The Mission (1986) Directed by Roland Joffé. With Jeremy Irons, Robert De Niro, Ray McAnally, Aidan Quinn, Cheri Lunghi, Chuck Low, Liam Neeson and Ronald Pickup.
Winner of the prestigious Palme d’Or and directed by Roland Joffé, with a screenplay and story by Robert Bolt, The Mission is an affecting historical drama starring Jermey Irons and Robert De Niro, following the work of Jesuit priests with natives, in 18th century jungles of South America.
With a powerfully emotive score by Ennio Morricone, the film is a searing composition of pure evil and innocence, horribly, but unforgettably juxtaposed. Robert De Niro is Rodriguez Mendoza, a mercenary, who through his own self-destructive acts of violence, discovers a higher calling alongside Father Gabriel, played with subtle grace by Jeremy Irons.
As a religious film, it succeeds in demonstrating the righteous path a man can take, shunning any and all personal gain for the in the name of love and love only. It’s also a message about the political influence on the church, and the infestation of power and greed that can rot its values to the core.
The Academy Award winning cinematography by Chris Menges is absolutely breathtaking to behold. Between ferocious battles over waterfalls and sheer mountains, the landscape is simultaneously intimidating and welcoming; the power of God a fitting backdrop for the enveloping spiritual turmoil.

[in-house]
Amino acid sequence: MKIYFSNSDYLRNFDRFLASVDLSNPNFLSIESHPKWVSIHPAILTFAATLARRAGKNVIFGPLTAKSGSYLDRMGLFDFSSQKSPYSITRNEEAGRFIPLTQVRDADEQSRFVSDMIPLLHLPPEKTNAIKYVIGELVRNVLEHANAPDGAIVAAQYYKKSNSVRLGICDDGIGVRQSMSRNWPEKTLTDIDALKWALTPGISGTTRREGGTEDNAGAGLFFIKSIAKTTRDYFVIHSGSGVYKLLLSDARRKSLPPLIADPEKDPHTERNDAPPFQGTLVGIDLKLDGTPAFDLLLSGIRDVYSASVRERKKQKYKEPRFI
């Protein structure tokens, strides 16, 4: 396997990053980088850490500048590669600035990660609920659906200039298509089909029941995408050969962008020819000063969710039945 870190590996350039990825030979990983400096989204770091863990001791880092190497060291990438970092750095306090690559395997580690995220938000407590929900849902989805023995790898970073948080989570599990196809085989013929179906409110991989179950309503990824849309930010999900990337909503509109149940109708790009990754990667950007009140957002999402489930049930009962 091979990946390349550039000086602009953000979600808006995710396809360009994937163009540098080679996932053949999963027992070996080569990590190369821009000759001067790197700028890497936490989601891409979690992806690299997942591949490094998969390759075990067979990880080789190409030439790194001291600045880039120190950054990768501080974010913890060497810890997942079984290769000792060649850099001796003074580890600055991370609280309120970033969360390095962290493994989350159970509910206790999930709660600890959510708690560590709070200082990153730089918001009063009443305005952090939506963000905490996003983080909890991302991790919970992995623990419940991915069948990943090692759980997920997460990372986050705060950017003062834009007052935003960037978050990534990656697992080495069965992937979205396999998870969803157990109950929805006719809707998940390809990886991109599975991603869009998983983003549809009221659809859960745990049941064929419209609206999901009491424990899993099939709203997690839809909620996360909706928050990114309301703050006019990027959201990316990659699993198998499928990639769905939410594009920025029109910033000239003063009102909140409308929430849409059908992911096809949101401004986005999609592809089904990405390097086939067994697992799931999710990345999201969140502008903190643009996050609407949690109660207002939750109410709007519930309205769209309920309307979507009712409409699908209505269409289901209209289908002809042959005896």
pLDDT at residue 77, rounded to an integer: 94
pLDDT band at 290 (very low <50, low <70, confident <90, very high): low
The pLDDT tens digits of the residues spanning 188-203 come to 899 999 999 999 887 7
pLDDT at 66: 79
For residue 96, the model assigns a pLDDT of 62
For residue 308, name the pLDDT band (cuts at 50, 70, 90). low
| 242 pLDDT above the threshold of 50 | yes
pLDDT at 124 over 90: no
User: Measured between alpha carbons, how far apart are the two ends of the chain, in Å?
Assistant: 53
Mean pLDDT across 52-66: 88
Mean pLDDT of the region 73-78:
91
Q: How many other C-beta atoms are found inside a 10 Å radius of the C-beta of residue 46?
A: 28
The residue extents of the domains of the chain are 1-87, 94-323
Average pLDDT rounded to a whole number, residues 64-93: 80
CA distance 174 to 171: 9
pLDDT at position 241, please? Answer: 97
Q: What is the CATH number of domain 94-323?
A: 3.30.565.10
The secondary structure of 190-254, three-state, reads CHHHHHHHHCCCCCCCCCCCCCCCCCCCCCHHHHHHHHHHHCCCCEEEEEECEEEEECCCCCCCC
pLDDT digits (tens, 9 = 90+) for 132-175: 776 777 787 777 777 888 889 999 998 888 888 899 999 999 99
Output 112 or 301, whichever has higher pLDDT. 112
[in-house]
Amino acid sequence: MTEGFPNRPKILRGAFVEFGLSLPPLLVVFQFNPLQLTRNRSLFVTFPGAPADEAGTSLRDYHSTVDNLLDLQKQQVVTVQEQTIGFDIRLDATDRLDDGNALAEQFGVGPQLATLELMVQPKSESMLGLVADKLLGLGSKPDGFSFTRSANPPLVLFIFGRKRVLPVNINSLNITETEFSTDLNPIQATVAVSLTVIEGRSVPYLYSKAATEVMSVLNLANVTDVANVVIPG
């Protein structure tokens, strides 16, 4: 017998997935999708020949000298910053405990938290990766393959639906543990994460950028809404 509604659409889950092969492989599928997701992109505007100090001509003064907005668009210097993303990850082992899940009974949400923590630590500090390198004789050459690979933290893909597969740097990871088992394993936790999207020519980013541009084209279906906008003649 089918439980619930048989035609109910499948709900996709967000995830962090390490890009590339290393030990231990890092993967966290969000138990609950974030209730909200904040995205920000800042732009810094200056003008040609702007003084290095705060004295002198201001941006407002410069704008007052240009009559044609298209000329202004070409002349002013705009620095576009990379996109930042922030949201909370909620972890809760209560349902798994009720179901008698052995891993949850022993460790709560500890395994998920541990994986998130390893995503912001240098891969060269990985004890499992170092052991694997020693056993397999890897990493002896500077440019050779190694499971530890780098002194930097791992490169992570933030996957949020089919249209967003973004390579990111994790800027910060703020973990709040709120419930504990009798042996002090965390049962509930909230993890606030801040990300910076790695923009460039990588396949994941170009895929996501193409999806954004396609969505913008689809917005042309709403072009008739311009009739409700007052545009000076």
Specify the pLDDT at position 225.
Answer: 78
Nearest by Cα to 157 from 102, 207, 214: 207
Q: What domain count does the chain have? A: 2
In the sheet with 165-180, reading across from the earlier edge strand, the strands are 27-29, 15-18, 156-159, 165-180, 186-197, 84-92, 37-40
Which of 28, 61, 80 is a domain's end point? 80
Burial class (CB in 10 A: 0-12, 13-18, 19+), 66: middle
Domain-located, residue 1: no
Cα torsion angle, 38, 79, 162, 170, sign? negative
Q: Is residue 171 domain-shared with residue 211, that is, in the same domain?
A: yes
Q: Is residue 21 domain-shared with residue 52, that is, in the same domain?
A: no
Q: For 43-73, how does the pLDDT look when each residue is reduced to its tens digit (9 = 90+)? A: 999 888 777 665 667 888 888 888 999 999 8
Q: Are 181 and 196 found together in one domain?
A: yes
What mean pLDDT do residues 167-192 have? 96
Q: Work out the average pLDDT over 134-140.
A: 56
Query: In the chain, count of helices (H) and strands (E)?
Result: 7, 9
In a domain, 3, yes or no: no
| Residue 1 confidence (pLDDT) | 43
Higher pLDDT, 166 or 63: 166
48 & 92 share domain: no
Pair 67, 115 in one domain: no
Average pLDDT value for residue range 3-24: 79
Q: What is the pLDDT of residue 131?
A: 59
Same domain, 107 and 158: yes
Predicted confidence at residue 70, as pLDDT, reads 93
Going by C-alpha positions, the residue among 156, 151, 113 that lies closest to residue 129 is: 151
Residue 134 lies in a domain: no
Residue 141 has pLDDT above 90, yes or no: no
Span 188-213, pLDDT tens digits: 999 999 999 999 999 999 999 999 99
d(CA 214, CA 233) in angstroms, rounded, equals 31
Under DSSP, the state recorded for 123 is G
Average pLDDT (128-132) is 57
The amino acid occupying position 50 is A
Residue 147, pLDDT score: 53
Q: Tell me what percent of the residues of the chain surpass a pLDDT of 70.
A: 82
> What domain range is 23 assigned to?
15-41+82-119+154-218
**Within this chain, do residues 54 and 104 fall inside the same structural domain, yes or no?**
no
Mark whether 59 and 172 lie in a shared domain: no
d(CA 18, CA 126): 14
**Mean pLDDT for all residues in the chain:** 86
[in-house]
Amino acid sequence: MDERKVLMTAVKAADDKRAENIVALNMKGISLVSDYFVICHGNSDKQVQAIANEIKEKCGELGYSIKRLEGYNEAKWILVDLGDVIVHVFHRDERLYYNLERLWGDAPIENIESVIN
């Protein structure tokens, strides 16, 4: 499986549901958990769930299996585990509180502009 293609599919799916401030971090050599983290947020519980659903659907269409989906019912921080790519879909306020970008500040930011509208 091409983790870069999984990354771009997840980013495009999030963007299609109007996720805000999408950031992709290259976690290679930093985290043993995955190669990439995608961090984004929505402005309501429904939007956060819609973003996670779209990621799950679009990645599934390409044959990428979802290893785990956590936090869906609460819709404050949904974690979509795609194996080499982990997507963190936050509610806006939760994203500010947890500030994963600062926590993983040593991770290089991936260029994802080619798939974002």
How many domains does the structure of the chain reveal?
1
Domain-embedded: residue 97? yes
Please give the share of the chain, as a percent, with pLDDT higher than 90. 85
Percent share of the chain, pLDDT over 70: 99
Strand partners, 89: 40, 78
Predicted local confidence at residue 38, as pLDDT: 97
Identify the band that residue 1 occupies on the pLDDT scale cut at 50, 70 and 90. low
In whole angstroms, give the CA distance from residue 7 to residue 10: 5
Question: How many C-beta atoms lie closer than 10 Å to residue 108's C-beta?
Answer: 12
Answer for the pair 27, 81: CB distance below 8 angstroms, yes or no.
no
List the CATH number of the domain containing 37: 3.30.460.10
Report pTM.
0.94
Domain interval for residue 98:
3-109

The film has been criticised for its bland central performances, but it isn’t the place for grandstanding, broad cinematic turns. Some have also charged it with being a didactic exercise, embraced primarily by those of a Christian persuasion.
A narrative from a religious perspective is always going to create vast division, but for me, The Mission makes a bold statement against violence in the name of any religion, yet is also at pains to emphasise how some who practice faith, betray their own principles to fit the ideals of their world, even if that means the loss of innocent life. An essential watch, albeit a gut-wrenchingly tough one. 4/5